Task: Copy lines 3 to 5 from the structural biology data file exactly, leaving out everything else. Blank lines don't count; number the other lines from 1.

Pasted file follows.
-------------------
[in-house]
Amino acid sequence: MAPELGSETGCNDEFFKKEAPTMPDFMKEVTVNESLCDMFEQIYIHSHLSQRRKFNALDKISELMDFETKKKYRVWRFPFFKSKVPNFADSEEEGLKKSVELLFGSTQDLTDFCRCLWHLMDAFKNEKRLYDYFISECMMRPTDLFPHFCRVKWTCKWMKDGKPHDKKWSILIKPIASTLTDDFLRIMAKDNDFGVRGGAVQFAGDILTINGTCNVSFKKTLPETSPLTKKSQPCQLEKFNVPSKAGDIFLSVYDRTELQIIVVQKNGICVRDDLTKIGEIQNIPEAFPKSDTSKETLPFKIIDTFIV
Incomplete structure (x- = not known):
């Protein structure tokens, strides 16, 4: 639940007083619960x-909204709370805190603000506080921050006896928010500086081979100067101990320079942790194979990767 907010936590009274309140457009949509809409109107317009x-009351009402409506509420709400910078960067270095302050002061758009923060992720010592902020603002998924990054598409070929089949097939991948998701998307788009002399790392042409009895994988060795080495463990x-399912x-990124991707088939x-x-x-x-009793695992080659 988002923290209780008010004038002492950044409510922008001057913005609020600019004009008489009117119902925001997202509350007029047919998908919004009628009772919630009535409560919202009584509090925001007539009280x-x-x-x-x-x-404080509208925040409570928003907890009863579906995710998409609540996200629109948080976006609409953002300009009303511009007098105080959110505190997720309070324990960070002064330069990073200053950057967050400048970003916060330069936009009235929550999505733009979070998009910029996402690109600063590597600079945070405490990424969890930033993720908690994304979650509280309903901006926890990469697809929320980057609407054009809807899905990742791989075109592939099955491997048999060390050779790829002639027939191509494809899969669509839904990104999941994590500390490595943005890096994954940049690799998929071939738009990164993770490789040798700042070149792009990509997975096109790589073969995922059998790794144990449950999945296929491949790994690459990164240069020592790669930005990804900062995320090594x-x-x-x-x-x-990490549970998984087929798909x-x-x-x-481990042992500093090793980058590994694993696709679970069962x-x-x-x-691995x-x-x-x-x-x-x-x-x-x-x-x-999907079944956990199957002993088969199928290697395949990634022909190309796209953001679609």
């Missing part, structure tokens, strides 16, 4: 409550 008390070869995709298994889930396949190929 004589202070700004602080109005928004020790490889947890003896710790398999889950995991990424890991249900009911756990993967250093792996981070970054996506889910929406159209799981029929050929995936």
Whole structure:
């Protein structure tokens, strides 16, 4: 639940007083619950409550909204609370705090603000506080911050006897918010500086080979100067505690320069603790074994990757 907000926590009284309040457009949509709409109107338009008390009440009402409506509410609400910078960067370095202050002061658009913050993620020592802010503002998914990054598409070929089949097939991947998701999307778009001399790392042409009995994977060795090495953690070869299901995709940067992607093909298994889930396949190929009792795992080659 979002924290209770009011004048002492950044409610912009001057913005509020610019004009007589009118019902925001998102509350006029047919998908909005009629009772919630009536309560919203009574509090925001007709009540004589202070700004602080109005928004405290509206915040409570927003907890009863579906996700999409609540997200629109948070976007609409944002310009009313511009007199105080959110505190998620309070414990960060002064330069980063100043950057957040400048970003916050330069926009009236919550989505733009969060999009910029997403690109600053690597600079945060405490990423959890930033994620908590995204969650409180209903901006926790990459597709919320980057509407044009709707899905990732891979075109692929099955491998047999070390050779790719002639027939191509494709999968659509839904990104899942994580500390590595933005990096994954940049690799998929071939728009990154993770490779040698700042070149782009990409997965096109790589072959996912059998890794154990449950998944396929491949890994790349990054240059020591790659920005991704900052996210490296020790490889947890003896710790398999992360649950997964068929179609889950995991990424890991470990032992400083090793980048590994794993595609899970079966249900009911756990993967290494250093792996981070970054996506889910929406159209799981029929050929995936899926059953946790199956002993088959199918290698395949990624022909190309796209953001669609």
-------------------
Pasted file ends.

Incomplete structure (x- = not known):
């Protein structure tokens, strides 16, 4: 639940007083619960x-909204709370805190603000506080921050006896928010500086081979100067101990320079942790194979990767 907010936590009274309140457009949509809409109107317009x-009351009402409506509420709400910078960067270095302050002061758009923060992720010592902020603002998924990054598409070929089949097939991948998701998307788009002399790392042409009895994988060795080495463990x-399912x-990124991707088939x-x-x-x-009793695992080659 988002923290209780008010004038002492950044409510922008001057913005609020600019004009008489009117119902925001997202509350007029047919998908919004009628009772919630009535409560919202009584509090925001007539009280x-x-x-x-x-x-404080509208925040409570928003907890009863579906995710998409609540996200629109948080976006609409953002300009009303511009007098105080959110505190997720309070324990960070002064330069990073200053950057967050400048970003916060330069936009009235929550999505733009979070998009910029996402690109600063590597600079945070405490990424969890930033993720908690994304979650509280309903901006926890990469697809929320980057609407054009809807899905990742791989075109592939099955491997048999060390050779790829002639027939191509494809899969669509839904990104999941994590500390490595943005890096994954940049690799998929071939738009990164993770490789040798700042070149792009990509997975096109790589073969995922059998790794144990449950999945296929491949790994690459990164240069020592790669930005990804900062995320090594x-x-x-x-x-x-990490549970998984087929798909x-x-x-x-481990042992500093090793980058590994694993696709679970069962x-x-x-x-691995x-x-x-x-x-x-x-x-x-x-x-x-999907079944956990199957002993088969199928290697395949990634022909190309796209953001679609």
């Missing part, structure tokens, strides 16, 4: 409550 008390070869995709298994889930396949190929 004589202070700004602080109005928004020790490889947890003896710790398999889950995991990424890991249900009911756990993967250093792996981070970054996506889910929406159209799981029929050929995936």